With cigarette in mouth, Italian filmmaker Danièle Incalcaterra rolls into the Paraguayan Chaco – a sparsely populated region – searching for a piece of land that he owns. Thus begins El Impenetrable (2012), a documentary following his quest to rid himself and his brother of the dark, moral cloud that lingers over them and their ownership of the plot. Five-thousand hectares have sat unspoiled ever since their father acquired it (and registered it in the name of his sons) during Alfredo Stroessner’s regime. Hoping to undo some of the previous generation’s actions, he hopes to donate the land back to the native inhabitants.
For decades, Paraguay existed beneath the harsh rule of Stroessner before he was finally ousted from power in 1989 after a military coup led by General Andres Rodriguez. During his 35-year reign, the country saw civil liberties suspended and dissidents vanish whilst it becoming a haven for drug-dealers, gun-runners and war criminals; it was during this period that the land in question was purchased but never even visited. When Incalcaterra arrives in the area, he learns that there’s no road access to his family plot and the neither of the farmers with adjacent land are keen to allow him through. One appears amiable enough in discussion, but both Danièle and his companion note the rifle cradled in his arm.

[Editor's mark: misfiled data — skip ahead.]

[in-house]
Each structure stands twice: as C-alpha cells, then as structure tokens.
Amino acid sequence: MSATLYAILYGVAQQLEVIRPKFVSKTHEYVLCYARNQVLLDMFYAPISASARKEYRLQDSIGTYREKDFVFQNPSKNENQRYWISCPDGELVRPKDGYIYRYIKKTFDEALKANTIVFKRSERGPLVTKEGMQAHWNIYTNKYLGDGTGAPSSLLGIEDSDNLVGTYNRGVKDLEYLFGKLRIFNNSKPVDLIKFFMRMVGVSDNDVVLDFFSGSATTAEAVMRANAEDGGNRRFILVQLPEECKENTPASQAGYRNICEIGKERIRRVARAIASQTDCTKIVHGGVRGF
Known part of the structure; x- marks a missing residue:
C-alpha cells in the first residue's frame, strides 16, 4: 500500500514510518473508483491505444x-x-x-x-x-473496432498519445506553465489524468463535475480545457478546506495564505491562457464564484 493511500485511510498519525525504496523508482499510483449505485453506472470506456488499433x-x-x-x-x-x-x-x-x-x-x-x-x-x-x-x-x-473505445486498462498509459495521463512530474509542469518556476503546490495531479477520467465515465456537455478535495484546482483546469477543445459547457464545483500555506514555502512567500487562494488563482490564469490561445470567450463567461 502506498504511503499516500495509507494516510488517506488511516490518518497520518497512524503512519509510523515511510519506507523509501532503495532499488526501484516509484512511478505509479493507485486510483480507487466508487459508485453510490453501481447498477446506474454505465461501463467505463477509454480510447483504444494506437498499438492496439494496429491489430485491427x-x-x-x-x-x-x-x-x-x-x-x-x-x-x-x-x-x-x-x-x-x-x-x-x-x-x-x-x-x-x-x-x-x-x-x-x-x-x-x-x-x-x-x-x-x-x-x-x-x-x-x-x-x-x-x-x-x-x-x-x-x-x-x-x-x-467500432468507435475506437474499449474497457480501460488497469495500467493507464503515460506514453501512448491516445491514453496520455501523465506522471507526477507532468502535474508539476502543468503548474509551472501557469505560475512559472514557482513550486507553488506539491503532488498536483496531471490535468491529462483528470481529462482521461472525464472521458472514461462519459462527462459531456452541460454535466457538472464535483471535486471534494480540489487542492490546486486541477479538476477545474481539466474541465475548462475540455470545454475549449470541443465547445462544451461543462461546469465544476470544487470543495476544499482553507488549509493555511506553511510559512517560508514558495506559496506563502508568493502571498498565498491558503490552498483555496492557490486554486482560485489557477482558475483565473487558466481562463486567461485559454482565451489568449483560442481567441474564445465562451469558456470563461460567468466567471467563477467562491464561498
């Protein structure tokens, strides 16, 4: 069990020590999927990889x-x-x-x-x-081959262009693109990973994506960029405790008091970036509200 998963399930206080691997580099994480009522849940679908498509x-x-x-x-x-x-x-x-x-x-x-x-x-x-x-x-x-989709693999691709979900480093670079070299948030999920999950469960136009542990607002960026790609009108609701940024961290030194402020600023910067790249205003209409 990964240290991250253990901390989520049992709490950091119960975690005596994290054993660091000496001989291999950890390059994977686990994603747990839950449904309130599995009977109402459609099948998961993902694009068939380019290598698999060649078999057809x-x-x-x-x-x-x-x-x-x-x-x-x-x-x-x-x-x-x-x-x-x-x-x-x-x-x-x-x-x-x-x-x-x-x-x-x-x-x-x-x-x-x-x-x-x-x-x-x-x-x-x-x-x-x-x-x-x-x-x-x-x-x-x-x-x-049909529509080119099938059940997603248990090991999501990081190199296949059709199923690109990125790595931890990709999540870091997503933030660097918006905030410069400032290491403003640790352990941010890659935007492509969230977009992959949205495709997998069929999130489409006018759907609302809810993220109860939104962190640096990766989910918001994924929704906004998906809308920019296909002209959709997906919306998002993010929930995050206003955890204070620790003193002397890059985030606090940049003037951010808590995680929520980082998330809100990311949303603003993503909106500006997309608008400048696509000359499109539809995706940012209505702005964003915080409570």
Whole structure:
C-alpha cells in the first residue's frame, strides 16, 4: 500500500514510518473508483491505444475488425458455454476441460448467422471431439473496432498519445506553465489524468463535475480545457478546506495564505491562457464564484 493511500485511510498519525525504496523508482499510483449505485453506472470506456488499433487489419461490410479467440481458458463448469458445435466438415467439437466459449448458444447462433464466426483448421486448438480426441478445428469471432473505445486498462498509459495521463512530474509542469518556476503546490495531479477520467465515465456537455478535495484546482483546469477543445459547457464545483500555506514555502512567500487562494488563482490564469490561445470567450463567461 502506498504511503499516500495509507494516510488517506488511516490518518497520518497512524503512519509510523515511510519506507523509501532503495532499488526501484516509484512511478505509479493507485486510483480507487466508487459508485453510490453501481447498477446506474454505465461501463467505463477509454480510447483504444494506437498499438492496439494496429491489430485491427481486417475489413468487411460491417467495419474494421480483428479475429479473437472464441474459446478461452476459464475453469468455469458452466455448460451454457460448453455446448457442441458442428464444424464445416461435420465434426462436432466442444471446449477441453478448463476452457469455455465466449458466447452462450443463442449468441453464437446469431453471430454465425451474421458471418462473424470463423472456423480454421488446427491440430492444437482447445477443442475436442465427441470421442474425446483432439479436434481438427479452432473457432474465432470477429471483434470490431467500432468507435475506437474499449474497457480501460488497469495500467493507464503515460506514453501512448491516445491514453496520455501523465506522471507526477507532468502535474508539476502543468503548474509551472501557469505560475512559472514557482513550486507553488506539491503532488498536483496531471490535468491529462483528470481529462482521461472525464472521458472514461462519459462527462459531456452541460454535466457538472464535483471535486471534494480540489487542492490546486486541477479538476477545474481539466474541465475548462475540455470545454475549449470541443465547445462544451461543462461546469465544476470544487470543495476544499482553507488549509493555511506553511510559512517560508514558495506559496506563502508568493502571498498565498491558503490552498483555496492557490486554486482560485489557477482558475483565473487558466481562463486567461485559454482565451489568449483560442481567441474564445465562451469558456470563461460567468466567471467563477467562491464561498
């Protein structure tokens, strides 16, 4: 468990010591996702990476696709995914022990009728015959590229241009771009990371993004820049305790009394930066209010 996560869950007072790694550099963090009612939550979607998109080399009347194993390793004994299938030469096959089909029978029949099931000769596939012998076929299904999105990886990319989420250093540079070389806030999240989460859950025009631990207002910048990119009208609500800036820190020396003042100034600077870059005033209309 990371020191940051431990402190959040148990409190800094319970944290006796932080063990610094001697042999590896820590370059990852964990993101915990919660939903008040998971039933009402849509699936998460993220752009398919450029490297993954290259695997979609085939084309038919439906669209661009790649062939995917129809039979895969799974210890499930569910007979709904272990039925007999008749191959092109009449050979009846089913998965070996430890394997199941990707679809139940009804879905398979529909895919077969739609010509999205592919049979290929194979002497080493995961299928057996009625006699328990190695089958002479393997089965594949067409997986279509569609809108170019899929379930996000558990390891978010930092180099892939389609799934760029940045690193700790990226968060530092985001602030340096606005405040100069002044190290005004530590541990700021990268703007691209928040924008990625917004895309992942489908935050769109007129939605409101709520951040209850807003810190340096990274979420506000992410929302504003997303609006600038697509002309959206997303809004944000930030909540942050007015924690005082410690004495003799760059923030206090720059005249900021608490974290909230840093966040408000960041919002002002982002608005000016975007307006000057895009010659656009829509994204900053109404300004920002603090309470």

Responsible for criminal deforestation and the aiding and abetting of smugglers, it becomes clear that whatever Danièle wishes to do with the land will only be possibly if it suits his neighbours. With the camera ever-present, he tries a variety of ways to convince them to allow him through their land to get to his own. It’s an interesting portrait of the atmosphere of intimidation and lawlessness that can still govern areas of the modern world – resembling the Wild West in more ways than one. As the possibility of handing ownership to the Nandeva people grows unlikely, and the notion of a nature reserve is touted, events are complicated by a rival claim for the same land.
Not only can Danièle not visit the land but neither can he guarantee that his claim will be upheld. It’s the sort of situation that could easily incense audiences disgusted by both the bureaucracy and the inherent corruption. The problem with El Impenetrable, however, is that it lacks a human angle. Despite telling a personal story, and although his aims are wonderfully altruistic, the film never gets under the skin; the continual exasperation can be seen and understood, but it is never really felt. The film ends up presenting a tale that is intellectual rather than emotive, which might just have been what was needed to elevate it.
El Impenetrable screens as part of the DocHouse strand at London’s Rich Mix Cinema on 18 July, 2013. For more info, visit dochouse.org.